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Kenalog creams, mouth gels and injections

Kenalog is a topical cream that can be applied to the site of pain to ease allergic reactions, skin complaints such as eczema and anything that causes swelling and redness of the skin. The cream contains an active ingredient that soothes the sore surface of the skin, and is also absorbed into the cells of the skin to work on the inside of the body for maximum healing benefits.

This treatment doesn’t only come in a topical cream, but it can also be used as a mouth gel for ulcers within the mouth and on the gums. The gel creates a protective coating over the gum to stop infection from entering the mouth, and also works within the ulcer to calm the stinging feeling and fight the bacteria causing the ulcer. Using Kenalog on the mouth is an effective treatment that can heal mouth ulcers in as little as 2-3 days. This treatment is not intended for prolonged use of more than 14 days. The treatment comes in an injection form which is particularly effective in treating extreme hayfever, and the injection contains steroids to help the solution affect the right areas. This can cause some side effects such as swelling under the skin, puckering of the injected area, and some discoloration, so many people choose to avoid this type of treatment unless they are sure that it is a required step with regards to their hayfever. Generally, the use of Kenalog should be used sparingly on the affected area and only rubbed gradually into the affected area. Putting too much pressure on the skin can cause it to become inflamed or irritated, and the cream will need time to soak in to start having a real effect on the area. Most people who use Kenalog topical tend to use it before going to sleep, as this allows several hours for the treatment to be absorbed into the skin and the treatment to start tackling the site of the irritation.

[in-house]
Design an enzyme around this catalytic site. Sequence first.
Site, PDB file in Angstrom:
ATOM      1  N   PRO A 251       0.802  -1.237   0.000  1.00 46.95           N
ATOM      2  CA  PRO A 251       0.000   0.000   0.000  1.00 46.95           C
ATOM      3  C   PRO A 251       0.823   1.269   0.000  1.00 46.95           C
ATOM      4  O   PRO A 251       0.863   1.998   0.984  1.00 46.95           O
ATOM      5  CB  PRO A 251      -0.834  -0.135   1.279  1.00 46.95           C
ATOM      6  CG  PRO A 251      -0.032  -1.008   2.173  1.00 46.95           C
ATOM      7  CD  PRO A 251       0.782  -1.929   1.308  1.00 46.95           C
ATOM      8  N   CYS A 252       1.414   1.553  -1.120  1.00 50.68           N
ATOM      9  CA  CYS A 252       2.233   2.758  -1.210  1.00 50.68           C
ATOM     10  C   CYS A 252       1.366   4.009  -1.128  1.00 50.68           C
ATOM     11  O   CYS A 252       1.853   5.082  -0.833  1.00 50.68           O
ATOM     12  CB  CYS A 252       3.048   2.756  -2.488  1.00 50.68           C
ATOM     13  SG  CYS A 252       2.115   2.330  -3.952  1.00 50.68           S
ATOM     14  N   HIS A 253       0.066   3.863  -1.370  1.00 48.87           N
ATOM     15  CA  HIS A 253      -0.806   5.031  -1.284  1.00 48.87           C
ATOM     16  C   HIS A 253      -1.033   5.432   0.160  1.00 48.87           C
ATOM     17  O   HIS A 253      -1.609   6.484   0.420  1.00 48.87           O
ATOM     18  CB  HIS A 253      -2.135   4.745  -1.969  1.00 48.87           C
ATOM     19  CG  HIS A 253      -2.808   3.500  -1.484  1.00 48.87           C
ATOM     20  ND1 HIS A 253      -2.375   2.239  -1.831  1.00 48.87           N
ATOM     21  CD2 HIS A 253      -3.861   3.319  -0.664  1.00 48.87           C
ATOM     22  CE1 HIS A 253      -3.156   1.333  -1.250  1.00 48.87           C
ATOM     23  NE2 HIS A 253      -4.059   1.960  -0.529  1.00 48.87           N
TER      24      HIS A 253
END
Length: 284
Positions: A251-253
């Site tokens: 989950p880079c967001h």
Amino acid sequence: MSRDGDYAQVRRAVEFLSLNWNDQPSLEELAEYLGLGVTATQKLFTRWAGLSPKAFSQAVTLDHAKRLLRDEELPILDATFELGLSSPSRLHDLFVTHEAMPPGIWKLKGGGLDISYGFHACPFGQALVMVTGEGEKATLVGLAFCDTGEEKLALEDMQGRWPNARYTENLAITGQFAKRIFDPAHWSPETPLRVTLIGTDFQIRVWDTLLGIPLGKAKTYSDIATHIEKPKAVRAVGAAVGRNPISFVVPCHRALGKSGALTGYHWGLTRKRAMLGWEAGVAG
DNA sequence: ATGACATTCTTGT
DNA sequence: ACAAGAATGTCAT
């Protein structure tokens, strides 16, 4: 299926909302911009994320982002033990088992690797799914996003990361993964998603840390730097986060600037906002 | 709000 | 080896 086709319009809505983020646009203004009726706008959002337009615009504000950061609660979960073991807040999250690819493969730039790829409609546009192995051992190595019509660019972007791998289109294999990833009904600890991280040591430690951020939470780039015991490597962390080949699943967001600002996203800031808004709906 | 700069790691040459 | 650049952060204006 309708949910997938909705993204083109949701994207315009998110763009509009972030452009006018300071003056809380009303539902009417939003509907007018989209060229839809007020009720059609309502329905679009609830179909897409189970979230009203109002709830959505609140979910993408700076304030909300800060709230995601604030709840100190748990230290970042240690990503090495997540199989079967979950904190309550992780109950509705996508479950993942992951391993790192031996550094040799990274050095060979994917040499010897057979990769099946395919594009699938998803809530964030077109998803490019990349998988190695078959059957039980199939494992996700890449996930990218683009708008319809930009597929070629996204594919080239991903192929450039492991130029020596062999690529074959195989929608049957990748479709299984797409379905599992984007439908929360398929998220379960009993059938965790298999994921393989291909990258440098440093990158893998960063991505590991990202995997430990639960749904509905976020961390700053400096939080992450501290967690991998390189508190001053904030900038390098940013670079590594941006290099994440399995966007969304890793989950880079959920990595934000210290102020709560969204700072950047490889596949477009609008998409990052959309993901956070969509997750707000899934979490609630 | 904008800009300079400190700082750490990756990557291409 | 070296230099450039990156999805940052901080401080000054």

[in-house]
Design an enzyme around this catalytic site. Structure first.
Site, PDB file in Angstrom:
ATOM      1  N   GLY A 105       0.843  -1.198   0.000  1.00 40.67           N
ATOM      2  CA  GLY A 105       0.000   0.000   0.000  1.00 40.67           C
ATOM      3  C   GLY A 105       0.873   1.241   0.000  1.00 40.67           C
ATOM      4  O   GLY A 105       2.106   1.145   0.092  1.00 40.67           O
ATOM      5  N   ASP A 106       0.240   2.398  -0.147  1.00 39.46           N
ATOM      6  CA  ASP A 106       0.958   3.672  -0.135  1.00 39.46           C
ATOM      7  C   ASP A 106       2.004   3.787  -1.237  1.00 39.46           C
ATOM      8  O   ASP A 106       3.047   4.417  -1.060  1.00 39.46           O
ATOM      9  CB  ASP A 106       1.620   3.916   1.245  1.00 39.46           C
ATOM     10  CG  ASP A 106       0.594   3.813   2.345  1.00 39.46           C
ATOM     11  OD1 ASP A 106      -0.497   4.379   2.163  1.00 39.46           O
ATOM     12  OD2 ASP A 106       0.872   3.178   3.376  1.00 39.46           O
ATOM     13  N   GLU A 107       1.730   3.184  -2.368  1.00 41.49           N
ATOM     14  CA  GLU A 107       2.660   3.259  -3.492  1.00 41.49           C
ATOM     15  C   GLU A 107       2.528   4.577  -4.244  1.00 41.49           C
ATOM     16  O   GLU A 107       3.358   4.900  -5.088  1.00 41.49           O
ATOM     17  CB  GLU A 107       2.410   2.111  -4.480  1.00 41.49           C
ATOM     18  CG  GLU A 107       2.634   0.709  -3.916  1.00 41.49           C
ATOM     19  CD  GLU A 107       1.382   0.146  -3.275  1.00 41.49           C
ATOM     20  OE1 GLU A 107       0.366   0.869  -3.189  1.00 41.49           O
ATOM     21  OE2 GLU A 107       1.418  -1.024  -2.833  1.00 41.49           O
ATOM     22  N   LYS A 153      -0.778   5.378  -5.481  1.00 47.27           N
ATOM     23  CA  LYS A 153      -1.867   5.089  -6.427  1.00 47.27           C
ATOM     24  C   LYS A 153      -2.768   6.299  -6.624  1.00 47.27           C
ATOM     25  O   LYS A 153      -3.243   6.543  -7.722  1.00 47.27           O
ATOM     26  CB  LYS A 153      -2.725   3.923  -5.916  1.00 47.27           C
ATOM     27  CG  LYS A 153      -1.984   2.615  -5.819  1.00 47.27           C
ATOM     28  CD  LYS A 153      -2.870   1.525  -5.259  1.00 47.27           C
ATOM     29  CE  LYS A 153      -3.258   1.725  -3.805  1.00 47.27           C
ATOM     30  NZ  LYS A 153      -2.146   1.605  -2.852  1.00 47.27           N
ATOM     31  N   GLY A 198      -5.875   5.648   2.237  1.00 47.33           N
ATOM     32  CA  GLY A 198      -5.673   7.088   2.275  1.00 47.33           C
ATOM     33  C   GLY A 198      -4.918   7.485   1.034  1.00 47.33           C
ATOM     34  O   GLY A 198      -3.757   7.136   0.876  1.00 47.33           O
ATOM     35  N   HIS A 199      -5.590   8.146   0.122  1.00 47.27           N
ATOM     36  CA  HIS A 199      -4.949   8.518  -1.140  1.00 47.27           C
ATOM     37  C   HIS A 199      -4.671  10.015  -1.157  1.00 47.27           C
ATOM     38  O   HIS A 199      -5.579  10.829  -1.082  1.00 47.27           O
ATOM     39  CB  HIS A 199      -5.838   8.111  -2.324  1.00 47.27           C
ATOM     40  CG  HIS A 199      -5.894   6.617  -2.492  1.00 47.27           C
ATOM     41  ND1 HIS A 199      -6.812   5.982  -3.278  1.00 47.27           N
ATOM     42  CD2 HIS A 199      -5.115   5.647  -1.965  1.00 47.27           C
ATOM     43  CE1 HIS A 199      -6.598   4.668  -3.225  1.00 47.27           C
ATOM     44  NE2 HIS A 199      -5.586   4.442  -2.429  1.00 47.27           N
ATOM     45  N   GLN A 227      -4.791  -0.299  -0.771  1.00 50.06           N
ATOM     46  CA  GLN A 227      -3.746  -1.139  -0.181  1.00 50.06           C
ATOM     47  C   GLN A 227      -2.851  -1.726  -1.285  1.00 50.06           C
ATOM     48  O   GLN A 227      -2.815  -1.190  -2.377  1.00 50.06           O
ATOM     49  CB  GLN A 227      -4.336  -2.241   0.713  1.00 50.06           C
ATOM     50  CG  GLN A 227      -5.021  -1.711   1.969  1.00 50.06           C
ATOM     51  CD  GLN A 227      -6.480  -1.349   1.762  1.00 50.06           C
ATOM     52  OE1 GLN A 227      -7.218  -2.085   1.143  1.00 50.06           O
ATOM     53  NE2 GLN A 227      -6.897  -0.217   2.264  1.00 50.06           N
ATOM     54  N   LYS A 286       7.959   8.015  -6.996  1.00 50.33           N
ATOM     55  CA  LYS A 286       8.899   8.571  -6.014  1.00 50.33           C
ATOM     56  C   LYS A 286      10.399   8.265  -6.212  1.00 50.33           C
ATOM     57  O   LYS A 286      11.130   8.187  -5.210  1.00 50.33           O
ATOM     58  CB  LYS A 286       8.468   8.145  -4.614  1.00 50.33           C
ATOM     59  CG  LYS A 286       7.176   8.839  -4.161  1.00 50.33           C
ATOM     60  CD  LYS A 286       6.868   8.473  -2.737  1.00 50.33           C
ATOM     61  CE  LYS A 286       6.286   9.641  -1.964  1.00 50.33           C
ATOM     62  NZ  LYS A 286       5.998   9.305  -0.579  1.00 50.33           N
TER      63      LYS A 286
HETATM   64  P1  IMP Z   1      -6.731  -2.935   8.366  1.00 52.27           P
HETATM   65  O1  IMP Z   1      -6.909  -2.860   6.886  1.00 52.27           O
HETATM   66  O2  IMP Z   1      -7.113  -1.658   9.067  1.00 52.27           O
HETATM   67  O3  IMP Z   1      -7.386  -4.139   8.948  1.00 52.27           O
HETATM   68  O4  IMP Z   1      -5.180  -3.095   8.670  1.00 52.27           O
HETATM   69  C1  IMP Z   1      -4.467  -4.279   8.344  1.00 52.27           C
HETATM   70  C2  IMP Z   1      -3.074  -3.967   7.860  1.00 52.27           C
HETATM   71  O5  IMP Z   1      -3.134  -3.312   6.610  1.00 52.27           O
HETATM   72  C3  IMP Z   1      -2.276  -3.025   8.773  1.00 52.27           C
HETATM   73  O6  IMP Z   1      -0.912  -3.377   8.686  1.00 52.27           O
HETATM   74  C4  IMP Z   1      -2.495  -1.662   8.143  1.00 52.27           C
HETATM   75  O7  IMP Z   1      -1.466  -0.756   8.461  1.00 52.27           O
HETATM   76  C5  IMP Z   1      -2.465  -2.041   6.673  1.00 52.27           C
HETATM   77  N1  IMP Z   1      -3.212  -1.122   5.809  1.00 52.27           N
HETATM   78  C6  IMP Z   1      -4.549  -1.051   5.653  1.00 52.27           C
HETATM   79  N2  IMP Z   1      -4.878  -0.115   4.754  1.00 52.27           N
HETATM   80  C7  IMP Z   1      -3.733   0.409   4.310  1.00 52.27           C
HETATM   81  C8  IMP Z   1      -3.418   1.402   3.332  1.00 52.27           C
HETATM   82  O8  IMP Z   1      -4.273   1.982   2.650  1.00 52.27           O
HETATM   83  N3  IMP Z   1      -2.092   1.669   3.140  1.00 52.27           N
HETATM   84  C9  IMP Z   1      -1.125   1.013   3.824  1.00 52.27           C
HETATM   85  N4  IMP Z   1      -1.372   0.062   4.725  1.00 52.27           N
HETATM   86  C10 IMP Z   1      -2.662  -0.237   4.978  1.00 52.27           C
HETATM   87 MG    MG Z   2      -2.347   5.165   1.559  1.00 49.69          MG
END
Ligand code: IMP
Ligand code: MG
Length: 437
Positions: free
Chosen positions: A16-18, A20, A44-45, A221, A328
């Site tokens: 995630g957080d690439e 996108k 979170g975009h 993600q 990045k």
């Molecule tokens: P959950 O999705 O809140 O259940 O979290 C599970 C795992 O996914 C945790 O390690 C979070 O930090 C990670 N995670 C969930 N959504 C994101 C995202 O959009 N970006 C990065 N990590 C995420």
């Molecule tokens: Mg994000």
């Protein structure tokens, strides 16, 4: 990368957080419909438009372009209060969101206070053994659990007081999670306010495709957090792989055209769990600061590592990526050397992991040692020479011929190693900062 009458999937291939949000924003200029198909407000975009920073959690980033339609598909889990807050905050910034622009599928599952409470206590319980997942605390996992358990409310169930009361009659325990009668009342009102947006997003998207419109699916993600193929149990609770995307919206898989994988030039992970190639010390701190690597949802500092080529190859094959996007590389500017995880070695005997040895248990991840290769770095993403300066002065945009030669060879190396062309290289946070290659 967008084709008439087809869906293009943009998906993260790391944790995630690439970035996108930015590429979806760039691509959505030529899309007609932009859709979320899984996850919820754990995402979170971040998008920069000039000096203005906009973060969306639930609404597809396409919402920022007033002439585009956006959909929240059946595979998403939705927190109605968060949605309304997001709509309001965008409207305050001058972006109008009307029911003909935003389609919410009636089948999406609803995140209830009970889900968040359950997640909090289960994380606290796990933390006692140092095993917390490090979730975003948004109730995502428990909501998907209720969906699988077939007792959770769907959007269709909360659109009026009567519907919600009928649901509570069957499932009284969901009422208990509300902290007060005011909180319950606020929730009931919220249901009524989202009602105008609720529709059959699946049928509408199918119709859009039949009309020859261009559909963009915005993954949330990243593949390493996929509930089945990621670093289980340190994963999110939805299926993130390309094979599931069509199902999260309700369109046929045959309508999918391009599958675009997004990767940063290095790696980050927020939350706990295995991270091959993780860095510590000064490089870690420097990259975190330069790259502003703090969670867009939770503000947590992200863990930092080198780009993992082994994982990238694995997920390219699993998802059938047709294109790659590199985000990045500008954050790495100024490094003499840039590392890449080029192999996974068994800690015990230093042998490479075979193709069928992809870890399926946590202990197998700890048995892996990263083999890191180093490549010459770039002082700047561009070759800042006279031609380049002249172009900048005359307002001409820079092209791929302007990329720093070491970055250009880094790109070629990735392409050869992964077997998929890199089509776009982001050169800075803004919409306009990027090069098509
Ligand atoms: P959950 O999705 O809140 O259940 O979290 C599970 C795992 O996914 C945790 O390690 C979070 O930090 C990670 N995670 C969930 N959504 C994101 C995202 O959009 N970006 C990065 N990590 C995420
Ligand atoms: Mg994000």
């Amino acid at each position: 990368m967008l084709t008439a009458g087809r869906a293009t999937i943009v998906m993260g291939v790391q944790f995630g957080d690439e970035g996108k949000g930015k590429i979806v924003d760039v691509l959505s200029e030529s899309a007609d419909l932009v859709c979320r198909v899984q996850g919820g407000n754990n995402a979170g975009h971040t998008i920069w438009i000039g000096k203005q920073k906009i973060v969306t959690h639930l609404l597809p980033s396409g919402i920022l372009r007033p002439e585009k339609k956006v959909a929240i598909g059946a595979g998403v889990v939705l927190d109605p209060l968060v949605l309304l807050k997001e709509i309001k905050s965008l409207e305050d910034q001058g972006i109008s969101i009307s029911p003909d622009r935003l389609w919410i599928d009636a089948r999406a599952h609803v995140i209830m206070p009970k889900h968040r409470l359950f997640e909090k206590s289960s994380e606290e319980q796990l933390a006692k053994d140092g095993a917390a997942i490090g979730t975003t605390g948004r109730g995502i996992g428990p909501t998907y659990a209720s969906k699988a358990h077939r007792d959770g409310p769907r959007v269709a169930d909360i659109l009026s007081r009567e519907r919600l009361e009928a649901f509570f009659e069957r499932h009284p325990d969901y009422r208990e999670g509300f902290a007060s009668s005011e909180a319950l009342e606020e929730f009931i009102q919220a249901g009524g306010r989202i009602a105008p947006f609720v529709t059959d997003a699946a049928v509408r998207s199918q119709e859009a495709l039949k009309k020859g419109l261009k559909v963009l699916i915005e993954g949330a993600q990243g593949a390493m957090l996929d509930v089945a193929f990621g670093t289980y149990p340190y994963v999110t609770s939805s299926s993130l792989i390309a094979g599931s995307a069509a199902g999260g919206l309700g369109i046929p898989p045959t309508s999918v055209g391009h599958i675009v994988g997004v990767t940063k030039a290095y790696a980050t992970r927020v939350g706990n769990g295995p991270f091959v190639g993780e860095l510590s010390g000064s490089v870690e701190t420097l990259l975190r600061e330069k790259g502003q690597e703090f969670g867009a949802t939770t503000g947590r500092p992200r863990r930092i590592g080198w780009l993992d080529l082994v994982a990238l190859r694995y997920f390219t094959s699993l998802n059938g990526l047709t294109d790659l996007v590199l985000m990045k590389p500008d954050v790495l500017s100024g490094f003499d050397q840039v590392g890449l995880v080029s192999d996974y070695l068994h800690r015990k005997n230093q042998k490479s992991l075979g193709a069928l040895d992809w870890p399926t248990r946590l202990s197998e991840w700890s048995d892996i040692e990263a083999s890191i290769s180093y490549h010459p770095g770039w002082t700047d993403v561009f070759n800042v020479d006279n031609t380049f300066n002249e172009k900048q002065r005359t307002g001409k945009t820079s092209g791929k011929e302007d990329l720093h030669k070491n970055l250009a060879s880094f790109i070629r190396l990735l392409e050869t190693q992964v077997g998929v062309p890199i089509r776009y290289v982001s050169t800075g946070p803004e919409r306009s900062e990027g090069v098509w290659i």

There are some side effects to using Kenalog that are quite standard for this type of treatment. As it is normally administered in a cream-based formula, there is a risk of those with sensitive skin having a reaction to the cream. This is why it is generally recommended to perform a spot test with the treatment before applying it to a wider area. If there is no adverse reaction to the treatment after 24 hours, further treatment is generally safe to apply. Some people have reported slight nausea when using the treatment, or slight changes in mood, however there is little reported risk of overdosing with the treatment if only applied externally. The most serious reported side effects are that of halos appearing around light in the eyes, significant weight gain and some irregular heartbeats or palpitations. If any of these side effects start occurring, it is necessary for the individual to cease using the product and in the worst cases seek medical advice to make sure there is no lasting damage.

The dental paste is generally safe to use, although it is strongly advised against to use more than a small amount to make contact with the damaged skin, and those using it should try not to swallow excess amounts of the treatment. As the gel is intended as a seal to protect the open sore, it may not form the necessary adhesive if the surface of the gum is still moist. Therefore it is recommended to dry the skin surface before applying the gel so that this medicated seal can form to keep infection out and make sure the medication is absorbed correctly into the mouth ulcer area.

 
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